Malvern youths uninspired: Ward 42 candidate

Seems someone forgot to tell the City of Toronto there are at-risk youth in Scarborough, or so says Leon Saul.

The Ward 42 council candidate in the upcoming Oct. 25 election says Malvern needs the city’s help.

“The city and the Toronto Police Commission have not lived up to their mandate that they set, back several years ago, to fund these youth initiatives and get gang-related members out of the crime environment,” Saul said. “In fact, funding was cut and taken away from some of the programs in the Malvern priority neighbourhood and that’s a great concern: that even though Malvern has been designated a priority neighbourhood, priority funding was not maintained.”

Ward 42 council candidate Leon Saul says there’s a lack of funding and community resources in Malvern.


One of the projects heralded by the city is Project Prevention and Intervention Toronto (PIT). The program is designed to deter youth aged 13–24 from joining gangs and engaging in gang-related activities. It began in September 2008 and is scheduled to conclude March 2011.

Seventy-eight youths from three targeted neighbourhoods — Jamestown, Jane and Finch, and Weston and Mount Dennis — graduated from the first round of this program on Aug. 26.

According to Public Safety Canada, which released a report detailing the project, neighbourhoods contained limited services for youth and members of the community were concerned about a rise in youth crime rates.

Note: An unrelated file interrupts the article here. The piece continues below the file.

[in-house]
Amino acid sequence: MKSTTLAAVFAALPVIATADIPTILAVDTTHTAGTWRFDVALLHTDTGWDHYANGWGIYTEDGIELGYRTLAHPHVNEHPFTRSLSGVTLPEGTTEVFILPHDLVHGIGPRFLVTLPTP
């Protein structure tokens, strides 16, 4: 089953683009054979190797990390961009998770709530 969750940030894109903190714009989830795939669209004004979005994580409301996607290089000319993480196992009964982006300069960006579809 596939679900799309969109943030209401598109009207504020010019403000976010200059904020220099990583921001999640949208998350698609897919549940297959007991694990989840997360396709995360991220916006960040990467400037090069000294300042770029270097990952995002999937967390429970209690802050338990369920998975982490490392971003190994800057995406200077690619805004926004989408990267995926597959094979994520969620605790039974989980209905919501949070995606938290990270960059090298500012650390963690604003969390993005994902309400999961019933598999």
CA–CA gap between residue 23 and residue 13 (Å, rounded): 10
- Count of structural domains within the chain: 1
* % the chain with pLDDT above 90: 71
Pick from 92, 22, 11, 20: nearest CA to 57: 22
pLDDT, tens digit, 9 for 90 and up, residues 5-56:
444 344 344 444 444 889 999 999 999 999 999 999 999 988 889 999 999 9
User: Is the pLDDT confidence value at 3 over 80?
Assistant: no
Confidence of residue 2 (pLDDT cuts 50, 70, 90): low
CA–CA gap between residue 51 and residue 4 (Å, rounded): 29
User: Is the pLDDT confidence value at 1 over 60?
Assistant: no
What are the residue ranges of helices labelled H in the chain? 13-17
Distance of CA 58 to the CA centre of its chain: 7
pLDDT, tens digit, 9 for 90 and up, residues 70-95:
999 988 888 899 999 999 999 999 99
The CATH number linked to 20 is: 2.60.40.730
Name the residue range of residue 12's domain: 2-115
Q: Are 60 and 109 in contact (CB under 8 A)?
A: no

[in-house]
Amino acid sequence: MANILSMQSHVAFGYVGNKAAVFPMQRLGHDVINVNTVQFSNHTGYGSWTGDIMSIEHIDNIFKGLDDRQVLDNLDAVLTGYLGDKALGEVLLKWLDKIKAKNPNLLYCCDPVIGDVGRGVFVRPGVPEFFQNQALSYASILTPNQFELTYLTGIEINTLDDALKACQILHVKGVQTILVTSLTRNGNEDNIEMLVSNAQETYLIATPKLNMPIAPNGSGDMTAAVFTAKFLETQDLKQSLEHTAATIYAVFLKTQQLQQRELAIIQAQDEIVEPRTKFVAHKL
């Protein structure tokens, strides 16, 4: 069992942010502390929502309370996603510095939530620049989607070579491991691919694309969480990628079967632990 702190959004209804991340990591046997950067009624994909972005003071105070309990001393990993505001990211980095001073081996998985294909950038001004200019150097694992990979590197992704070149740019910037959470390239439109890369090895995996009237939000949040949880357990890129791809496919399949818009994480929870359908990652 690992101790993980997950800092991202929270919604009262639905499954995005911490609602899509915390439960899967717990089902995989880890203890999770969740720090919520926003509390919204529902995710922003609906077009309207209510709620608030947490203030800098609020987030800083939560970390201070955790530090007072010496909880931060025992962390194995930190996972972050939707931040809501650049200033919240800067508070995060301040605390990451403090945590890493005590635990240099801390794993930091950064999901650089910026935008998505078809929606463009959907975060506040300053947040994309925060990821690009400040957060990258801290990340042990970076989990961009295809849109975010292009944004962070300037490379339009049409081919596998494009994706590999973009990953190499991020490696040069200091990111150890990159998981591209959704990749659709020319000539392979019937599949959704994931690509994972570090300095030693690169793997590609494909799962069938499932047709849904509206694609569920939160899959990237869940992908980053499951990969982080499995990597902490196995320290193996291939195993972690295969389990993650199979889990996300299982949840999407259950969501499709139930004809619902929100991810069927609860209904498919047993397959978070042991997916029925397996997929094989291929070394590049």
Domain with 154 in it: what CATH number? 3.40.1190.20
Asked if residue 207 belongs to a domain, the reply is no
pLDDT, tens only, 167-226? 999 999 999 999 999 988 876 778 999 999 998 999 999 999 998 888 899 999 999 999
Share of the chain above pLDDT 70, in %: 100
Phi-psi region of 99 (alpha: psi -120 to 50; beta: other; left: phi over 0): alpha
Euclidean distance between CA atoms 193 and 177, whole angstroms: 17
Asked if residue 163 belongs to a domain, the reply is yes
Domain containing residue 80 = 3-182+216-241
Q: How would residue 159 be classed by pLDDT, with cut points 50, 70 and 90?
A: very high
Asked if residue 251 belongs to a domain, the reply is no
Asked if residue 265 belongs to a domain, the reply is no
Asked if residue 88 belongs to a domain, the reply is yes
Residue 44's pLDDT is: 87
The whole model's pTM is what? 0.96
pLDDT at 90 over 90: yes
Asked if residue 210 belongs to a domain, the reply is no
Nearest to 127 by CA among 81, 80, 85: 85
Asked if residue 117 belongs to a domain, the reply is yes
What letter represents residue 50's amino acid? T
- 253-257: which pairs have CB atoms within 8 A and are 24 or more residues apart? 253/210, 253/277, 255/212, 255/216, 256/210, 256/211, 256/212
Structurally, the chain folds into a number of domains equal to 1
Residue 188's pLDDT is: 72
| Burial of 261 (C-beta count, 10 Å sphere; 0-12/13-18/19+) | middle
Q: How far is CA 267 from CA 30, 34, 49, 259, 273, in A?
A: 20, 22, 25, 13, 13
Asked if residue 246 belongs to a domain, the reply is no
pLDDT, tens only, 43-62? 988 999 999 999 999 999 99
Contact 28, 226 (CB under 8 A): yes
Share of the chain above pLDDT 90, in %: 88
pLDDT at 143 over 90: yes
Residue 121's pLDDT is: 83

Malvern seems to have been swept under the rug for now even though it is considered one of Toronto’s 13 priority neighbourhoods, Saul said.

“Since the funding cuts in Malvern, I think a lot of the youth became discouraged and disillusioned and they just turned their backs on the whole program,” he said. “So it’s not a matter of ‘We got this, come and get it.’ It’s about being there on a daily, regular level, finding these young people and getting them involved.”

Racial profiling is a real issue, especially in Scarborough, Saul said adamantly, adding community safety has improved at the expense of profiling.

“The policemen on bikes are riding around targeting young black kids unnecessarily who they see ‘liming’ or ‘hanging out’, and the reason why is there are no facilities to engage them or resources being put together to get them off the streets and getting them into something more productive,” he said.

PIT project manager Jabari Lindsay was not available for comment by press time.